"Whatever the final cost, the buyback will likely dwarf the $2.7 billion spent on the long-gun registry, which was effectively scrapped in 2012," wrote Mauser

Despite the pushback, Mendocino lauded his government's "commitment" to "fairly compensate" law-abiding gun owners with prohibited firearms.

Public Safety Canada claims they will confiscate approximately 150,000 firearms as part of the buyback program, while the Canadian Sporting Arms and Ammunition Association (CSAAA) estimates 518,000 firearms. 

The CSAAA also estimated that retailers have nearly $1 billion in inventory that can't be sold or returned to suppliers due to the Order-In-Council. 

"Assault-style firearms were designed for a battlefield, and they have no place in our communities, places of worship, schools or playgrounds," said Mendicino. "They serve no legitimate purpose other than killing the greatest number of people as quickly as possible. That's why we banned them."

Bernardo condemned the feds for demonizing law-abiding firearms owners and targeting their private property without addressing the source of firearm-related violent crime.

Between 2015 and 2018, most firearm-related homicides (91%) involved illegally held firearms from the U.S. According to the Fraser Institute, police report that between 70% and 90% of guns used in violent crimes in Canada are smuggled from the south of the border.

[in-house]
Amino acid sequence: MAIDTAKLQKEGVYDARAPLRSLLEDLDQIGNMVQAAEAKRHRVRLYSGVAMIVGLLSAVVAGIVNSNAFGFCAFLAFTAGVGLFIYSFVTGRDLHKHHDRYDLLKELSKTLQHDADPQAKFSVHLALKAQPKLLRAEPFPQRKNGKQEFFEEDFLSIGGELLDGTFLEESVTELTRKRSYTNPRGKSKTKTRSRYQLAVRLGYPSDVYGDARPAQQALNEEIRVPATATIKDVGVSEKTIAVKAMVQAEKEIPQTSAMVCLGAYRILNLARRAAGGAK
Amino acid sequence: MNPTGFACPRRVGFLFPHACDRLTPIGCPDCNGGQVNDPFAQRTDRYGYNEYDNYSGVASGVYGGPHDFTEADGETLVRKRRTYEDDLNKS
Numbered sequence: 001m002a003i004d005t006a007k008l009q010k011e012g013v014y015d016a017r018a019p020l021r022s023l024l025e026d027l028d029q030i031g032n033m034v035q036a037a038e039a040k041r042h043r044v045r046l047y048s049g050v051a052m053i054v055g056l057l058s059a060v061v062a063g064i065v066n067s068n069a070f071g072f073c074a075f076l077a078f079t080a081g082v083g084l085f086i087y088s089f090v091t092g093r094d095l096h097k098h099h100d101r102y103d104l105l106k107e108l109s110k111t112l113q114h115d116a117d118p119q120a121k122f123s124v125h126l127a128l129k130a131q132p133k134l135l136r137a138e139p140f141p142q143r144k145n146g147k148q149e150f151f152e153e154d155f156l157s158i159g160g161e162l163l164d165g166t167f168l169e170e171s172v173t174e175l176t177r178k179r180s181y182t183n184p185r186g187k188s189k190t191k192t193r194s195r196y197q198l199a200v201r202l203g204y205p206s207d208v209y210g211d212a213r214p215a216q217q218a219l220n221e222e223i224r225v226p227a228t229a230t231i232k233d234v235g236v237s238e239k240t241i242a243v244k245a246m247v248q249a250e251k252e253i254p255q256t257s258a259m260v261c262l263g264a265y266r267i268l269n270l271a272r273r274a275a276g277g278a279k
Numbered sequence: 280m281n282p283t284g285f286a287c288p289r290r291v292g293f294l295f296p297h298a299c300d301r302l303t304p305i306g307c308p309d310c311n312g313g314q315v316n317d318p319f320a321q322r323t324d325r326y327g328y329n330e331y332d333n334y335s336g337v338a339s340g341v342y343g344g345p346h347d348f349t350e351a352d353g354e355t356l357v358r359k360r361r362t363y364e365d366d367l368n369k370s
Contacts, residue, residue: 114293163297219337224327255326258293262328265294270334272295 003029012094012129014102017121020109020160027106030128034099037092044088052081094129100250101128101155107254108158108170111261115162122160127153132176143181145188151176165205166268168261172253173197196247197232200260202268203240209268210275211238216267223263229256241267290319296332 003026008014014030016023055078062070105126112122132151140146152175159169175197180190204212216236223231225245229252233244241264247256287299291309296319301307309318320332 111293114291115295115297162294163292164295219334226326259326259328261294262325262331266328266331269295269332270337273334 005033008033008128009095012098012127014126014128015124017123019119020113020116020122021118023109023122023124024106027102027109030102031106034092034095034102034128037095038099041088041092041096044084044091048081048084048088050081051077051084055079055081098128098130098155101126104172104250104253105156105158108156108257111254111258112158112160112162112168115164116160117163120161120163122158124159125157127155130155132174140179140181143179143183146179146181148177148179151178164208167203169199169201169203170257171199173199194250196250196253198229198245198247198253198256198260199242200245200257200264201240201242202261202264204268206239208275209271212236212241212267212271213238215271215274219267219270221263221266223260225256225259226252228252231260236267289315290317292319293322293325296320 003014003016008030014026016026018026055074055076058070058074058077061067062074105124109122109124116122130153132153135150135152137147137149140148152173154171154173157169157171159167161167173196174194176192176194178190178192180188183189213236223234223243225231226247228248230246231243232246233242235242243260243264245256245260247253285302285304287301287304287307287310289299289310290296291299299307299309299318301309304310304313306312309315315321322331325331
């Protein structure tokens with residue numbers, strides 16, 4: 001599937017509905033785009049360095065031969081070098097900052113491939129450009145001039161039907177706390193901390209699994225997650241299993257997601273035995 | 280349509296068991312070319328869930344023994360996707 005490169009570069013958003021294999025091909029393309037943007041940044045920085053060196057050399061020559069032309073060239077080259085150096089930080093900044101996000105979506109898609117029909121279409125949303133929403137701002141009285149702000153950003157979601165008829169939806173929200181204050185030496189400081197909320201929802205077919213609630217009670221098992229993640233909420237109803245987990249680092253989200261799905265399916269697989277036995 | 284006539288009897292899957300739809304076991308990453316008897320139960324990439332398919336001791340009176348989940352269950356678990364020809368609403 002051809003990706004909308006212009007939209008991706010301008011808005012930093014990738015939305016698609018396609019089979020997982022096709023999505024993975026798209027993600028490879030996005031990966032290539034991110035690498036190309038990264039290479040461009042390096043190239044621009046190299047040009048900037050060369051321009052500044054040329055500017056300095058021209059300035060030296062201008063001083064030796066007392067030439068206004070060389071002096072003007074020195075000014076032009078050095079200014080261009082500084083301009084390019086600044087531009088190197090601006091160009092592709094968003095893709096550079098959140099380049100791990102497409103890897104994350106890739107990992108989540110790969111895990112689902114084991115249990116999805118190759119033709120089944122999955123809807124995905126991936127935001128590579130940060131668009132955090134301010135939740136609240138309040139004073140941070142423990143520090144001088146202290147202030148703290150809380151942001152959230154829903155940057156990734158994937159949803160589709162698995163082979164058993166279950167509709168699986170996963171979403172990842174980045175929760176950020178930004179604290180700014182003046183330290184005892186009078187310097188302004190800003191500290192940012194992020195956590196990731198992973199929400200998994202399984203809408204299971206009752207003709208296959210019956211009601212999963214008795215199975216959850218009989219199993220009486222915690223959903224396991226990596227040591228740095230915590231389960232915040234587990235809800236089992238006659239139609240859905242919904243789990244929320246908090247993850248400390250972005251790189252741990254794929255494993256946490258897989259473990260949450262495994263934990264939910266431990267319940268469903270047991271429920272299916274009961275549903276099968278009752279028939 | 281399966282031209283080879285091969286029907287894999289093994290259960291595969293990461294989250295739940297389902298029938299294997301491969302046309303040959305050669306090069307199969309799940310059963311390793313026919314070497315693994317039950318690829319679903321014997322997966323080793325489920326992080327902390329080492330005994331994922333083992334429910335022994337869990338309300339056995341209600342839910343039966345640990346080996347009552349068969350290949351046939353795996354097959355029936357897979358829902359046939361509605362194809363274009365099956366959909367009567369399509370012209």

Fully-automatic firearms have been banned since 1977 and account for less than 2% of homicides during the same period.

The National Police Federation (NPF), the union representing the RCMP, said the federal gun ban and 'buyback' program will "do very little to address their goal to increase public safety." 

"[It] diverts extremely important personnel, resources, and funding away from addressing the more immediate and growing threat of criminal use of illegal firearms," according to the NPF.

Bernardo told Rebel the CSAA does not support [confiscating] legal firearms and refuses to aid Ottawa's implementation of the program. 

"We work on behalf of firearms owners to challenge the current government on bad gun laws. We promote the safe and legal use of firearms in Canada," he said.